Safety Study of Attenuated Vaccinia Virus (GL-ONC1)With Combination Therapy in Head & Neck Cancer
The safety and scientific validity of this study is the responsibility of the study sponsor and investigators. Listing a study does not mean it has been evaluated by the U.S. Federal Government.
Read our disclaimer for details.
The purpose of this study is to determine the safety and tolerability of GL-ONC1 administered intravenously in combination with radiation therapy and cisplatin (CDDP)in patients with locoregionally advanced head and neck cancer.
Condition or disease
Cancer of Head and Neck
GL-ONC1, an oncolytic vaccinia virus, has shown the ability to preferentially locate, colonize and destroy tumor cells in more than 40 different human tumors. A First-in-Man, Phase I clinical study focusing on the safety and tolerability of GL-ONC1 intravenously administered to patients with a variety of advanced solid tumor entities has shown that GL-ONC1 is well-tolerated at therapeutic dose levels, with documented evidence of antitumor activity. Preclinical studies have further shown synergistic effects with the use of chemotherapy (Cisplatin) and viral therapy with GL-ONC, as well as favorable results when cancer cells are irradiated and then treated with GL-ONC1 in animal models. This Phase I study seeks to evaluate the safety, tolerability and early signs of efficacy of GL-ONC1 administered intravenously in combination with standard of care (SOC) radiation therapy (RT) and cisplatin (CDDP)in patients with locoregionally advanced head and neck cancer. Patients will be individually assessed for safety and dose limiting toxicity. Viral colonization in tumors, replication and anti-tumoral activity will also be evaluated.
Choosing to participate in a study is an important personal decision. Talk with your doctor and family members or friends about deciding to join a study. To learn more about this study, you or your doctor may contact the study research staff using the contacts provided below. For general information, Learn About Clinical Studies.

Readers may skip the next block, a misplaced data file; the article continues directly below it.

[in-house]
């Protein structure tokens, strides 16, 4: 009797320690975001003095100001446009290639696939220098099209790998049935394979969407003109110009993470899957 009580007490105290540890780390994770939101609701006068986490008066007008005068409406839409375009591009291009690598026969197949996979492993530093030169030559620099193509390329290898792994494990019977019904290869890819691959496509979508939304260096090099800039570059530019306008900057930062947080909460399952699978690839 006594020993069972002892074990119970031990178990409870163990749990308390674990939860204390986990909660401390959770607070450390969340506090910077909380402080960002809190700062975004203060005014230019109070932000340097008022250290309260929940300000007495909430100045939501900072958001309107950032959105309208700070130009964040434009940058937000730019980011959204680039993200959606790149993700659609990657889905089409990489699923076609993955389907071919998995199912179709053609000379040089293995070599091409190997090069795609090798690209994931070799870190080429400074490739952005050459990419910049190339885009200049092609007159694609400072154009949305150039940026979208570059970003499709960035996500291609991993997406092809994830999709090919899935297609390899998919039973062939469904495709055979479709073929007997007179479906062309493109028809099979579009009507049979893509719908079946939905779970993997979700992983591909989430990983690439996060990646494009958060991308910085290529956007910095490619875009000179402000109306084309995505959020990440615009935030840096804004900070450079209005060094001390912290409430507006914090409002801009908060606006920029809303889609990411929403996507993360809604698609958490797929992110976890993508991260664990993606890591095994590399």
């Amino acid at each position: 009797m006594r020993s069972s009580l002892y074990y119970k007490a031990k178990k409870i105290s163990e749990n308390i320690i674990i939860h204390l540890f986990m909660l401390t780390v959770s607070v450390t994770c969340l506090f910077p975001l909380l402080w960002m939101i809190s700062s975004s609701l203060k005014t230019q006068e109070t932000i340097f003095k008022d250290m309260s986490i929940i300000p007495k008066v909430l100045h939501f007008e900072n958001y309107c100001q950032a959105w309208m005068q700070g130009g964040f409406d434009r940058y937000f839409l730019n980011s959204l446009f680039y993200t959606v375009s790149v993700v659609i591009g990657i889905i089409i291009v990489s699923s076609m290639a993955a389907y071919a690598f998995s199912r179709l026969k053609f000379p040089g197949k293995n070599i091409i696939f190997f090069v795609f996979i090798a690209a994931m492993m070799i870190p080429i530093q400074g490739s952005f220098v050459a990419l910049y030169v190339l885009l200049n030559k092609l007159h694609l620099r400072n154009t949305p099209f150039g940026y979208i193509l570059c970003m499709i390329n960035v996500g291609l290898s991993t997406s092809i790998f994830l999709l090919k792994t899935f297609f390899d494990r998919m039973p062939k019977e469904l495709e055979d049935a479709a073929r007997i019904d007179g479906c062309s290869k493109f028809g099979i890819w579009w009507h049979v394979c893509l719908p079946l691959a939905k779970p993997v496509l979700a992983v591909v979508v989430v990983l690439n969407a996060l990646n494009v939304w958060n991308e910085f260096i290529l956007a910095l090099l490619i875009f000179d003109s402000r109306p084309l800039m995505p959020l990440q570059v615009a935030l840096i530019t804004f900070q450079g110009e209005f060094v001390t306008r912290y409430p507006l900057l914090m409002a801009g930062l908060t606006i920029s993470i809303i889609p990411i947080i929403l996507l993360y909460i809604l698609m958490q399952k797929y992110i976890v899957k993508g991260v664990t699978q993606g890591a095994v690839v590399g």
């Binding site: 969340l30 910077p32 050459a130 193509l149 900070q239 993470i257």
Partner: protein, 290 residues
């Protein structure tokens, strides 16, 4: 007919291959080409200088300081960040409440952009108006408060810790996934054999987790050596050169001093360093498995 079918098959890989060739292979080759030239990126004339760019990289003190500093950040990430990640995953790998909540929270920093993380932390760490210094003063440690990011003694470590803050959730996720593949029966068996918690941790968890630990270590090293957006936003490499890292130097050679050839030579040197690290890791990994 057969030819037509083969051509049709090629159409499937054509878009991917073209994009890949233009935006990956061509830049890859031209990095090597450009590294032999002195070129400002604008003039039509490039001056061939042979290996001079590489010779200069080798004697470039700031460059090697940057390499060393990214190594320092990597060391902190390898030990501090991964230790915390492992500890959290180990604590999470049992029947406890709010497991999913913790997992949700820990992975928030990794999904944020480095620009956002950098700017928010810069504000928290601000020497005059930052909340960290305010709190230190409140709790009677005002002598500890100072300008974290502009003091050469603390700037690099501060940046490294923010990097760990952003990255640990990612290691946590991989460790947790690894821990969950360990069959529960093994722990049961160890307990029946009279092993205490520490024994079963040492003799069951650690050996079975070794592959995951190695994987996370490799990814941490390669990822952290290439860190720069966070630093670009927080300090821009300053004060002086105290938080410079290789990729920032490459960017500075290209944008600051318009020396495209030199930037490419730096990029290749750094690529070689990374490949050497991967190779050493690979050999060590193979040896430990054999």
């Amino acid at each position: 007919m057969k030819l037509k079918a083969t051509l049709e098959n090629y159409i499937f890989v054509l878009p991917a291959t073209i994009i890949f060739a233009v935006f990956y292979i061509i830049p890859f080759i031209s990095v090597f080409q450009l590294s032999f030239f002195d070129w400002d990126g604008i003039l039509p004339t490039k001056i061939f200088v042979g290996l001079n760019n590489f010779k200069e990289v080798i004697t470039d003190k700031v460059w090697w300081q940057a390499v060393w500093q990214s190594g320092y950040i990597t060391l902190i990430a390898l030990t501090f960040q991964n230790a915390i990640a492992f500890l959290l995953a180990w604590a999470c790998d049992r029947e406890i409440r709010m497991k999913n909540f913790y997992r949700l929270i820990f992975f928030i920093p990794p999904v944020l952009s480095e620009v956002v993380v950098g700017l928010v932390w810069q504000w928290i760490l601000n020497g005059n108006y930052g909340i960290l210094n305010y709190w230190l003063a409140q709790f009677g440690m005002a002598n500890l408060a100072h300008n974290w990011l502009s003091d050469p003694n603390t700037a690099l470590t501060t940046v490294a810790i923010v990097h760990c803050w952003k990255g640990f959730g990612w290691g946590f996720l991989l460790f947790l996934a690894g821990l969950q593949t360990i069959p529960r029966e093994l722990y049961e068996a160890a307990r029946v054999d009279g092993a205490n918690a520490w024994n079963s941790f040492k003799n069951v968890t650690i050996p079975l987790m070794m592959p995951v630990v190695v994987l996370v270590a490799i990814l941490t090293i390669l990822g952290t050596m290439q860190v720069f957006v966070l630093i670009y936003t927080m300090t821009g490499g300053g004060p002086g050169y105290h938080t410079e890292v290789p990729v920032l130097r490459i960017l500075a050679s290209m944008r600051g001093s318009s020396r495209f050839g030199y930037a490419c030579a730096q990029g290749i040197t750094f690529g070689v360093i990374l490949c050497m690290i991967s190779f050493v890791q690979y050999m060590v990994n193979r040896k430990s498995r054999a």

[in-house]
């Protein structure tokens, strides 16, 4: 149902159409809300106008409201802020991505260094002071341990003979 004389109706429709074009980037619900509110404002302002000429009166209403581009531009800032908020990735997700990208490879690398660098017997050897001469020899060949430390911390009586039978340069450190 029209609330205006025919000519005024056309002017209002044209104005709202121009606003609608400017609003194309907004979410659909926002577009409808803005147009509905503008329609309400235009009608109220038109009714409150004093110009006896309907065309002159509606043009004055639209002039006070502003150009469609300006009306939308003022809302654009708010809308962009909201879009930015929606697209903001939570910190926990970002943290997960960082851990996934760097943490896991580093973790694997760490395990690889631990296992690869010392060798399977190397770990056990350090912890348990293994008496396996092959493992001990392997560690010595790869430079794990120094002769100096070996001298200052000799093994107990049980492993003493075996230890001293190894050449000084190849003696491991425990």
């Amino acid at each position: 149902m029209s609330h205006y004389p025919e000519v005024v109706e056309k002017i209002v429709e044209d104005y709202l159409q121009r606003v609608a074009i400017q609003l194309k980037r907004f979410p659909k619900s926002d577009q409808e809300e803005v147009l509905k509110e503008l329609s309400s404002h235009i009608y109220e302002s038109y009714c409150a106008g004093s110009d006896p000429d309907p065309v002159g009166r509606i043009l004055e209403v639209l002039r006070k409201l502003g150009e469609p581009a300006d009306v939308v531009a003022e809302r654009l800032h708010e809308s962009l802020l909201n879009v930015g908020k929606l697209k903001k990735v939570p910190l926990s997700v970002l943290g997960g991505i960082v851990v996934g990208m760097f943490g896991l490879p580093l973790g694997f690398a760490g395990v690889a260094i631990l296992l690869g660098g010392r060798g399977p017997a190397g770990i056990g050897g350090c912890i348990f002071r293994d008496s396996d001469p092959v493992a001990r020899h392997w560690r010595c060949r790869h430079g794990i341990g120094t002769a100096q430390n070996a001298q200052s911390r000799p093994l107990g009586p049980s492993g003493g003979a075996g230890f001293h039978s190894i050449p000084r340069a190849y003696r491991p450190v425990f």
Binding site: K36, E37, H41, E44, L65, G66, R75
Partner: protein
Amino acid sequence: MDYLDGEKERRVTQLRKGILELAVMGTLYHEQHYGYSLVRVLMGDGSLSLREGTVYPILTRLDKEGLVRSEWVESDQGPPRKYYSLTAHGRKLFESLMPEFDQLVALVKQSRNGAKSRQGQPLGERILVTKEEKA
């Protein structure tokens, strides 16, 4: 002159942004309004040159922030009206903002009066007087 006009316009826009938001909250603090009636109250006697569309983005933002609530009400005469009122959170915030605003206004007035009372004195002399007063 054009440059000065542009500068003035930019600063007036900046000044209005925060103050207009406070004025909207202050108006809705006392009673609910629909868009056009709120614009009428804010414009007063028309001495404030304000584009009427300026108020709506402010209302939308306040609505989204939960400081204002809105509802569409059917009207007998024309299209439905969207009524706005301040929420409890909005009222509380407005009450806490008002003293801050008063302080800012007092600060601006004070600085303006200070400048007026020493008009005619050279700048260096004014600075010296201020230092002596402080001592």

Ages Eligible for Study:
18 Years and older (Adult, Older Adult)
Sexes Eligible for Study:
Accepts Healthy Volunteers:
Confirmed diagnosis of histologically or cytologically documented Stage III to IVB primary, non-metastatic head and neck cancer for newly diagnosed patients with no prior disease-related treatment (e.g., chemotherapy, radiation treatment, surgery, etc.).
American Joint Committee on Cancer (AJCC) Stage III-IVB disease (2010 manual, 7th edition), based on standard diagnostic workup.
18 years or older.
ECOG performance status of ≤ 2.
Laboratory data obtained within 14 days prior to Treatment Day 1, with adequate hepatic and renal function defined as follows:
Pulse oximetry reading of 92% or higher at rest on room air.
Signed informed consent
Women of childbearing potential must have a negative serum pregnancy test and agree to practice effective birth control during treatment phase and up to 60 days after the last virus application.
Male patients must agree to practice effective birth control during the study and for 60 days following administration of last treatment of virus.
Clinical, radiographic, or pathologic evidence of distant metastatic disease.
Patients with fever, active immunosuppressive systemic infection or a suppressed immune system, including AIDS or HIV positivity and known hepatitis infections (HCV or HBC. Eligible patients must have an HIV test conducted within 4 weeks prior to study enrollment with a negative test result.
Any form of prior anti-cancer treatment.
Disease-related surgery, excluding biopsy.
Patients with CNS (Central Nervous System) tumors.
Any other open wounds.
Concurrent small pox vaccination for 4 weeks before study therapy and during study treatment.
Patients on immunosuppressive therapy or with immune system disorders, including autoimmune diseases.
Previous organ transplantation.
Patients with clinically significant dermatological disorders, as judged by the clinical investigator (e.g., eczema or psoriasis), any skin lesions or ulcers, any history of atopic dermatitis, or any history of Darier's disease (Keratosis Follicularis).
Clinically significant cardiac disease (New York Heart Association: Class III or IV).
Dementia or altered mental status that would prohibit informed consent.
Known allergy to ovalbumin or egg products.
Prior gene therapy treatments or prior therapy with cytolytic virus of any type.